Resident falls are an important topic in regards to care and cost in senior care communities. According to the CDC, over 700,000 seniors are treated in the emergency room for injuries related to falls. Further, a hospitalization for a fall can cost $35,000 not including follow up care or therapy. Beyond the hospital costs, falls can affect the bottom line and census of senior care communities. After a fall,residents leave for hospital stays or, potentially, for another level of care. Falls are expensive, in addition to being physically devastating for the resident.
The longtime staple of falls risk assessments, Timed Up and Go test (TUG) has been a frequently used tool in the senior housing community. Practitioners say it is simple to perform, with little time or equipment required to complete top assessment.
There are numerous priorities when it comes to running a successful elder care communities. Providers must be conscious of cost efficiency, retention strategies, health regulations, staffing levels and many other factors. But is it advisable to put resident outcomes at the top of that list?
For seniors and their caregivers, health is ever at top of mind. By definition, our bodies slow down, eroding to a greater or lesser degree one’s inherent quality of life. Charged with the care of seniors whose quality of life may be failing or at risk, senior housing managers are always on the watch to help their residents lead better, fuller lives.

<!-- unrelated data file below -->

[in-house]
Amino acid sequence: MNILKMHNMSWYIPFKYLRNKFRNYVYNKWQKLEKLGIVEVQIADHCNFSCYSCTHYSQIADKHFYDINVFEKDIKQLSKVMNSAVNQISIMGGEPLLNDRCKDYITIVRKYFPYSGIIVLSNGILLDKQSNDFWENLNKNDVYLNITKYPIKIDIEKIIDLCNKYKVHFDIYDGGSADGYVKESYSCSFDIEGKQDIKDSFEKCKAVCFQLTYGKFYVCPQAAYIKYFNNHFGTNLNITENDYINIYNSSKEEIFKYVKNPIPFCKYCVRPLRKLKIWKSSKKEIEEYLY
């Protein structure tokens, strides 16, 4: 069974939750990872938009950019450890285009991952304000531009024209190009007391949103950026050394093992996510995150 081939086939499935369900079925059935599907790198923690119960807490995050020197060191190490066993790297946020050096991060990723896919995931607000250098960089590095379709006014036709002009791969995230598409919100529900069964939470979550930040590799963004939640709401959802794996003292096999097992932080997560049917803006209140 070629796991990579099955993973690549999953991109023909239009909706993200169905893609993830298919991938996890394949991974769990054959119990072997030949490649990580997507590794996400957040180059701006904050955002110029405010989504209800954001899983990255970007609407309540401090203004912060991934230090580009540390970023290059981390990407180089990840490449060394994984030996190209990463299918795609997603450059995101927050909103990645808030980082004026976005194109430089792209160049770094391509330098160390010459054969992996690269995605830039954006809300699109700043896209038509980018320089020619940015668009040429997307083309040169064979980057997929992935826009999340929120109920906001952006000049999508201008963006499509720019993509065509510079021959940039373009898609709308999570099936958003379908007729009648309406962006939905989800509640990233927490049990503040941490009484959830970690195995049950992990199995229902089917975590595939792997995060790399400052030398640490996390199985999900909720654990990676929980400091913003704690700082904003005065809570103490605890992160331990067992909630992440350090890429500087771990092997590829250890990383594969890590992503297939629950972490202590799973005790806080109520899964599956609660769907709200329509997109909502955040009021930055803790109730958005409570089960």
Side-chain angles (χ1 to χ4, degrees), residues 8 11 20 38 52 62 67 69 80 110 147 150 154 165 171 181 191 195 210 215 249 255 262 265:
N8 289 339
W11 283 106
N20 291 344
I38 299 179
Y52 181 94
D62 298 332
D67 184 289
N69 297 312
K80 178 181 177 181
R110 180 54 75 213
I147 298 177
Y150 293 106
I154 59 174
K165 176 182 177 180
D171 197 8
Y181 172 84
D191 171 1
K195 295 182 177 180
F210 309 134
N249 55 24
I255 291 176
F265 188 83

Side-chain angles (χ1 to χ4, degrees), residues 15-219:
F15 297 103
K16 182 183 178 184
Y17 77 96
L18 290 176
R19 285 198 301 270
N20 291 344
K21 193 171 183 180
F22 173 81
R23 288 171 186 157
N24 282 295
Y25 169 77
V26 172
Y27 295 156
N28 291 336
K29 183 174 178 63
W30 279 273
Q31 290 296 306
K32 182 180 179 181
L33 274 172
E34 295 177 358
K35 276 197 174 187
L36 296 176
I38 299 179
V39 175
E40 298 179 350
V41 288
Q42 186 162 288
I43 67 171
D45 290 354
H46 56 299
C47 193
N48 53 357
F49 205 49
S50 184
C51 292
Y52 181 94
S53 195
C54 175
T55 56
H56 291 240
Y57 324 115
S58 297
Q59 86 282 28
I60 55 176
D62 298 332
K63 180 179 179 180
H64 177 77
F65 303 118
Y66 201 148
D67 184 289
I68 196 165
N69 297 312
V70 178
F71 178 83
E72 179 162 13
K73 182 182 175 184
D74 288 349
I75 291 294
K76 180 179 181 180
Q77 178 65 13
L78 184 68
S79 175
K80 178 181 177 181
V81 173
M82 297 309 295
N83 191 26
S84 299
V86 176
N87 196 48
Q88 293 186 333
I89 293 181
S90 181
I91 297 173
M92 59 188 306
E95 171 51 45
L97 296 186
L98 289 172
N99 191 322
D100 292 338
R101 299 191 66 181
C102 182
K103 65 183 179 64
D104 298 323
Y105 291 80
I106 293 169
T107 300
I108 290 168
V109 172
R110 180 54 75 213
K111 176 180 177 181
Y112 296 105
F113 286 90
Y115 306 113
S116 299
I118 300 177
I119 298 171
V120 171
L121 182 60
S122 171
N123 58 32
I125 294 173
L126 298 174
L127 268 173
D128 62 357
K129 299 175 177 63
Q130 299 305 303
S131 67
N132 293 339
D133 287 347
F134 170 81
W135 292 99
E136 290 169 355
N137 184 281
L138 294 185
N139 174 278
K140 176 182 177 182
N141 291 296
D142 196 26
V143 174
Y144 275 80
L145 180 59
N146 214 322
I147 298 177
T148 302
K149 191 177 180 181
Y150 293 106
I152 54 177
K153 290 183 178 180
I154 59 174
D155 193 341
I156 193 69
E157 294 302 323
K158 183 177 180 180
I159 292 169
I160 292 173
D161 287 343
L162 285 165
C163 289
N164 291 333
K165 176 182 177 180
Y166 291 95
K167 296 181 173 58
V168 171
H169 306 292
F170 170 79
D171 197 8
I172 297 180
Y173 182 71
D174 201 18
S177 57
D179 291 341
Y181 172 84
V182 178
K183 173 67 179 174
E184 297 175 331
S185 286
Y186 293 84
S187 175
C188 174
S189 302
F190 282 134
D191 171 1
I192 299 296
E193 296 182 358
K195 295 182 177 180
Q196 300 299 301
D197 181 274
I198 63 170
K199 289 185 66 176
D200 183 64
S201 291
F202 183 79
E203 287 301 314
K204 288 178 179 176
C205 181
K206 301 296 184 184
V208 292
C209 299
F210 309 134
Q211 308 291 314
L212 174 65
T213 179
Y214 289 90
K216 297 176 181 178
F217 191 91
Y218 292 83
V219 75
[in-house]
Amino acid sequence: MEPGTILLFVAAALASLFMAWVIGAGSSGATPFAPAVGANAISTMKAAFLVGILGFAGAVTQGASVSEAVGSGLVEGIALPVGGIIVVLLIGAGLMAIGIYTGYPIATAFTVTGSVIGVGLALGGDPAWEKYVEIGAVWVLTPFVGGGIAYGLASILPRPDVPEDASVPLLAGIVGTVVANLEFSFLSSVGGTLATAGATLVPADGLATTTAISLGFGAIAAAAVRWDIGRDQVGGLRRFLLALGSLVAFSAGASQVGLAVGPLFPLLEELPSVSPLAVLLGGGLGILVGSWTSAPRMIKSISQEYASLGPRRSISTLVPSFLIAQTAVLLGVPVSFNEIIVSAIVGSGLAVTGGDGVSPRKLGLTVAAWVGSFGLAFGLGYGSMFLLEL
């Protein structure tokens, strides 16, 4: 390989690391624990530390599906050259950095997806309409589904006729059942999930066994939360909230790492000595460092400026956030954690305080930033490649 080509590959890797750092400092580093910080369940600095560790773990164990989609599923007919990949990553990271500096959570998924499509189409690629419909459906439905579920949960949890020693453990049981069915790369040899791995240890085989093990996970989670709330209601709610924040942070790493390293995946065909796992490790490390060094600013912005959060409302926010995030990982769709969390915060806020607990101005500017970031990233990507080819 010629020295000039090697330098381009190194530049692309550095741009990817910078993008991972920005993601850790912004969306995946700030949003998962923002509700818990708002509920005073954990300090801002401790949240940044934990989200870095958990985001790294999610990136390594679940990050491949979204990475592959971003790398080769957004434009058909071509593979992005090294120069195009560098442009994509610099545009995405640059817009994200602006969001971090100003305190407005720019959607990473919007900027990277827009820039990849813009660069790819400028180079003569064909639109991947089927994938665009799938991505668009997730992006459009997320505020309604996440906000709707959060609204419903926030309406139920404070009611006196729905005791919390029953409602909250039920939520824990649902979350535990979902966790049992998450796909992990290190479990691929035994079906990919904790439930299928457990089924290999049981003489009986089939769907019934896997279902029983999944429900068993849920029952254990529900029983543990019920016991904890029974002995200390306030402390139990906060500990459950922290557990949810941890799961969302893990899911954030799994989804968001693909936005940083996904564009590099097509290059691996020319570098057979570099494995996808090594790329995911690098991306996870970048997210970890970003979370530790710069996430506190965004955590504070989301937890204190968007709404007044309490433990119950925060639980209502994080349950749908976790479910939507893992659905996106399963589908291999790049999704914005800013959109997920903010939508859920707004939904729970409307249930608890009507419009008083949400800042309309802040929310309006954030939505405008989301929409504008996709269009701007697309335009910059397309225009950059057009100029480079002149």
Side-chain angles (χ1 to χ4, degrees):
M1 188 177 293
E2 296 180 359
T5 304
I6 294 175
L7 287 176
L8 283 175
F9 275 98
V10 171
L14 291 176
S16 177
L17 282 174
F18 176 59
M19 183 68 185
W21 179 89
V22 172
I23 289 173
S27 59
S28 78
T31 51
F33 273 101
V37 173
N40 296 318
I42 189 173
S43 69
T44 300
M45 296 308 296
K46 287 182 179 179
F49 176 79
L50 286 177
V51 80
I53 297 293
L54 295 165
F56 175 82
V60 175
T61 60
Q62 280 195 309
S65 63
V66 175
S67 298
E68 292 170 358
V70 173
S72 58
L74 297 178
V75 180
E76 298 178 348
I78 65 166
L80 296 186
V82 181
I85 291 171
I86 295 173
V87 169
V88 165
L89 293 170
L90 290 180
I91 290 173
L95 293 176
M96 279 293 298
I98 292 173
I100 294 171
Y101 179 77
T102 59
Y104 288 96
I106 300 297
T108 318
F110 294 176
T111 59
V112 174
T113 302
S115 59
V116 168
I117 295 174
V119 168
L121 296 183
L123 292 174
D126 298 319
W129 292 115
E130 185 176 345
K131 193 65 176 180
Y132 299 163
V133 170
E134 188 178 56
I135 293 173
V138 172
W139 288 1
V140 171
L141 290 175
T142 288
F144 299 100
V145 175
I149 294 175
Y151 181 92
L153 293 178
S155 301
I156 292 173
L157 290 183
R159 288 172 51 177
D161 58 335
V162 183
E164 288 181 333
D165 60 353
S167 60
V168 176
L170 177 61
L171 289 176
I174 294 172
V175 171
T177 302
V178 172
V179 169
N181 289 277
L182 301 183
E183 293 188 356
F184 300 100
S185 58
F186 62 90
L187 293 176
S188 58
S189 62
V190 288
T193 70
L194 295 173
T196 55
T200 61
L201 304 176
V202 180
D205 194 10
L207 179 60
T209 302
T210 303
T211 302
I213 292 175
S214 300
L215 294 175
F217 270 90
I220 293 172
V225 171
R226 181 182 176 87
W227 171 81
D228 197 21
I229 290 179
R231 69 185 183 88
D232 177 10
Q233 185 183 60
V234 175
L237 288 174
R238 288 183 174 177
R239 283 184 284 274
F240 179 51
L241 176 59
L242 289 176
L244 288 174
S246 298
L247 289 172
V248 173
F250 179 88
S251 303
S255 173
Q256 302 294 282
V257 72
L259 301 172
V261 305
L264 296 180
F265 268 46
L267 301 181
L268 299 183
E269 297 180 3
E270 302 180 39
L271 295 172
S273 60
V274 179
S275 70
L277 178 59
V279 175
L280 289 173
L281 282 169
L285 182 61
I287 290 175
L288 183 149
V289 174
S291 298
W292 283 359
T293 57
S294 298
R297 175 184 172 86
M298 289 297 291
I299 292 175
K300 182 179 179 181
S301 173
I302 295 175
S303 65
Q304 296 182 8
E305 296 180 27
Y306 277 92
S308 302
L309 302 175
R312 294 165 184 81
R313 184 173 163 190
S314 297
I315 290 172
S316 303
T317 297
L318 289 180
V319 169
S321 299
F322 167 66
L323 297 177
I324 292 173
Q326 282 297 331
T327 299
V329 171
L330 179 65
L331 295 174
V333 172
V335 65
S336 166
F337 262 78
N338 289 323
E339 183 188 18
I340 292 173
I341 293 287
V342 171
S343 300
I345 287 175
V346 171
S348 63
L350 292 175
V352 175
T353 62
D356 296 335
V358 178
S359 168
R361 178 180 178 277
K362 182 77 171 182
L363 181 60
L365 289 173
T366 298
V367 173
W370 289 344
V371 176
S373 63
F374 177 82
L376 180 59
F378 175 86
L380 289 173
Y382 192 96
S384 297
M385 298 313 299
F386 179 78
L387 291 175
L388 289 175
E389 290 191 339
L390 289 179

Senior care executives have noticed how well-designed technology can benefit residents, staff, and families. However, implementing seniors technology is a bit different than rolling out technology based applications and programs for millennials. While Boomers are more tech-savvy than their predecessors, technology can still be overwhelming or underused for their generation. Eager to learn but often lacking the background experience with apps and social media interfaces, Boomers need extra direction in order to get the most benefit from senior care community technology initiatives.
With the pace of healthcare technology, many senior living operations might feel it’s better to wait for the next big wave before surfing into investment. But when you take a look around, top providers are already speeding along and leaving stragglers behind.
Resident isolation can feel like a constant battle for senior living care professionals and clinicians. Whether a resident is choosing to withdraw from community life and stay in the apartment or is asked to remain in the apartment due to a contagious illness or other medical issue, isolated residents are simply not getting enough interaction with their peers or staff. Read More